For our girls one of the highlights of going to Oshkosh was seeing the display booth for Aviation Products, the company that sells plans and kits for plywood pedal planes. These planes are usually set up to drive around, using a left-right stick input for steering. The fancy ones even have propellers that turn. During the show, they prop up the wheels so that the kids can hop in and pedal without running amok and disappearing into the busy show. Here are some shots from 2016:
In 2018 and 2019, there were efforts to spread pedal plane joy by having a parade, and our girls were lucky enough to be able to participate using borrowed planes:
After seeing how much joy all of this brought to them and everyone else, we figured we should build a couple of Bearhawk pedal planes. We were in luck, because it also happened that one of the largest planes that they were able to try out was the Super Cub.
The kits are slow to ship because they are assembled by a small business, but once we got the kits, it was fun to work on putting them together. It’s no small undertaking, though all projects are relative and it’s certainly not as big of a job as building a flying Bearhawk. We finished one to be a miniature 805TB, and finished one to be plain white. Our thinking was that we’d be able to temporarily decorate the white one depending on the occasion, and perhaps pass it along to another young Bearhawker once we were done. That new owner might have a special paint scheme in mind.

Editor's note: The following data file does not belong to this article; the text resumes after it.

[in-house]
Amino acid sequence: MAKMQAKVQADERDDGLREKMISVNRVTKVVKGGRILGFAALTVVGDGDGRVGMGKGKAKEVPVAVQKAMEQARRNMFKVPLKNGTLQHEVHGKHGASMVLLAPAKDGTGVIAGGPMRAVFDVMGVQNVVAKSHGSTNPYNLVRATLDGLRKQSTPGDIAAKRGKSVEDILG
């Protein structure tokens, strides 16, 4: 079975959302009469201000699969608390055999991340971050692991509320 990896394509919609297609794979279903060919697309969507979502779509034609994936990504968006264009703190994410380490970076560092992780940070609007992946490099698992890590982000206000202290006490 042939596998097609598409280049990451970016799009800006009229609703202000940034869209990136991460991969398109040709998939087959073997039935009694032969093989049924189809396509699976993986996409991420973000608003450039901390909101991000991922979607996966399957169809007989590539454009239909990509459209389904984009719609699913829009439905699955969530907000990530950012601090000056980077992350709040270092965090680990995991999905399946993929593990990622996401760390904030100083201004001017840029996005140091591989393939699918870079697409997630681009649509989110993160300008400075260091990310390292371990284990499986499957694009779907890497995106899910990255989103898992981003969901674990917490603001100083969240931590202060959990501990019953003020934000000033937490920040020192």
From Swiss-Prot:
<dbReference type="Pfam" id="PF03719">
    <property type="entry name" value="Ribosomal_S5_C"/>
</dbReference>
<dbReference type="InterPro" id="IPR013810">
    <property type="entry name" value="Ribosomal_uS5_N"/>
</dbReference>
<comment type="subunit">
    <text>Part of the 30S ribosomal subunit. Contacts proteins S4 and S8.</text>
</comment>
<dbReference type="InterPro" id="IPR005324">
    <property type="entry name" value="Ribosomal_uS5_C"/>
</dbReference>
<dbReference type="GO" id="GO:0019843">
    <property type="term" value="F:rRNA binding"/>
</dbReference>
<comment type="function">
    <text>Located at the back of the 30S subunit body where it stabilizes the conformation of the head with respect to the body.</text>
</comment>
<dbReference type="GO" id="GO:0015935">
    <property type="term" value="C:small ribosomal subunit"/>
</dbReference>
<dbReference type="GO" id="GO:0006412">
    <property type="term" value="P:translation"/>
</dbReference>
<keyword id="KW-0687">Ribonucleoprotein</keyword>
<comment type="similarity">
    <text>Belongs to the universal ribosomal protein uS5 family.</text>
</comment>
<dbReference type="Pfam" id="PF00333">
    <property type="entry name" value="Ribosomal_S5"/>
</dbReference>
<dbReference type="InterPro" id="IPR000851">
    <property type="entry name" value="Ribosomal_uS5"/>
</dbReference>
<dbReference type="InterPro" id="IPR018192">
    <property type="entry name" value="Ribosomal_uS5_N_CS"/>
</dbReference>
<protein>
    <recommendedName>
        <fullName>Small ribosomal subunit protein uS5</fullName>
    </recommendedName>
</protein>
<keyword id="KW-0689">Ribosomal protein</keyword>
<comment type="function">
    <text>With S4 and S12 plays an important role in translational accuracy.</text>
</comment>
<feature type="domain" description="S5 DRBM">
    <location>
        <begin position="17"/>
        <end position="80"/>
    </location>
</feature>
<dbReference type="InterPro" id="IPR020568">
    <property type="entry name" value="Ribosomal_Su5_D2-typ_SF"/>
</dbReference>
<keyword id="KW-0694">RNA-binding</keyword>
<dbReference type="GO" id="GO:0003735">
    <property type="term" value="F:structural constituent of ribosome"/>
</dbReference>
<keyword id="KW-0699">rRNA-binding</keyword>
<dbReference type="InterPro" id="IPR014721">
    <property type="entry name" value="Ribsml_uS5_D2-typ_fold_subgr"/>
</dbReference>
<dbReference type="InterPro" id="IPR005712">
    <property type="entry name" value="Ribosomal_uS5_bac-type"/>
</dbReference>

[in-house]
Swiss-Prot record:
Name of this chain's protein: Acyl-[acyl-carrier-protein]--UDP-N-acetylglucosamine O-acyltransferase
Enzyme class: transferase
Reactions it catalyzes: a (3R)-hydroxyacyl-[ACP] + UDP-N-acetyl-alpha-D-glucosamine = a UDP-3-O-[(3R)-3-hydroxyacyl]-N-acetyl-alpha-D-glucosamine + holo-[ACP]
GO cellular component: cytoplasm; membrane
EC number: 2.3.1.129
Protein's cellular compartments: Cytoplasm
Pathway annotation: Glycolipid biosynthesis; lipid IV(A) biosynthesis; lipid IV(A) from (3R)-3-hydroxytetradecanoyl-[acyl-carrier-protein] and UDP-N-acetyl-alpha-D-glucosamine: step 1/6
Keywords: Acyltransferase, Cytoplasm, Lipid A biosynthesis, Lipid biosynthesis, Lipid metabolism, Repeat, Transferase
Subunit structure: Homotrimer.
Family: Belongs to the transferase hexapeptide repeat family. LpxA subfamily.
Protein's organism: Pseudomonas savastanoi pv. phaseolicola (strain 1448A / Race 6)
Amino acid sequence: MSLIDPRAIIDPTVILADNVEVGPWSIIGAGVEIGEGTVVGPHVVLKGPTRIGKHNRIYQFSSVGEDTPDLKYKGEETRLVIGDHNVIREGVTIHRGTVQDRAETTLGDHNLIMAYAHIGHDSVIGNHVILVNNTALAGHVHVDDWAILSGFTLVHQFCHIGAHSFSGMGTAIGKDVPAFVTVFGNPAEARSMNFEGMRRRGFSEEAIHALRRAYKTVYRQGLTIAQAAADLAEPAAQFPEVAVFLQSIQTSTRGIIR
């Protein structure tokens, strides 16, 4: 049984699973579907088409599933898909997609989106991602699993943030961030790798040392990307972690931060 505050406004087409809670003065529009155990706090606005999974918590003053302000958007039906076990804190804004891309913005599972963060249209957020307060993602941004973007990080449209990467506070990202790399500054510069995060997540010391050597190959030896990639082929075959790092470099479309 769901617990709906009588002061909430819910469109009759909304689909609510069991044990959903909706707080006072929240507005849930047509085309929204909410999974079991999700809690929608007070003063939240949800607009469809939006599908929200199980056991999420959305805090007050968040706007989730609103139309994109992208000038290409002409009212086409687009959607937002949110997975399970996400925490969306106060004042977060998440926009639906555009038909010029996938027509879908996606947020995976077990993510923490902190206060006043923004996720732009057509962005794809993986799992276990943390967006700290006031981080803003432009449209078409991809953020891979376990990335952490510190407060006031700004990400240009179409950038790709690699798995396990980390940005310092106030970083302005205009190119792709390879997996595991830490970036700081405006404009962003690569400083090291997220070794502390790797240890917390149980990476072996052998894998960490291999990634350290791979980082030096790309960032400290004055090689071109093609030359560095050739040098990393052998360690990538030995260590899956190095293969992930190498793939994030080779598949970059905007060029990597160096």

Adjusting the Super Cub into a Bearhawk was about as easy as you would expect. We squared off the rounded wingtips, and omitted the air intake under the cowl. We also omitted a wing strut, but it would probably be just as well to leave on both wing struts. Nobody taller than 3′ can really see them anyway, and having both struts would add lots of strength if someone decided to do a little wing walking.
There is a narrow window in which kids are big and strong enough to power a pedal plane, but still small enough to fit in it. We were certainly on the old side of this window, but still in it, and looking forward to bringing our own planes to Airventure 2020! Sadly, the event was cancelled in 2020 due to the pandemic. We still enjoyed a few local outings with the planes, and had plans to perhaps deploy them at the next Christmas parade or something similar. Even more sadly, around a year after their completion, we lost both of our pedal planes in the hangar fire. Here is how we found them after it was all over.
Between missing out on getting to take the planes to Oshkosh, and losing them in the fire, our pedal plane story is certainly a sad one. But on the plus side, we had a great time building them. The display pedal planes were always special to the girls, and getting to relate that experience to their own family plane was also a very rich experience. By now, they are both too big to enjoy them if we still had them. Life has so many of these windows that open and close, whether we are ready or not.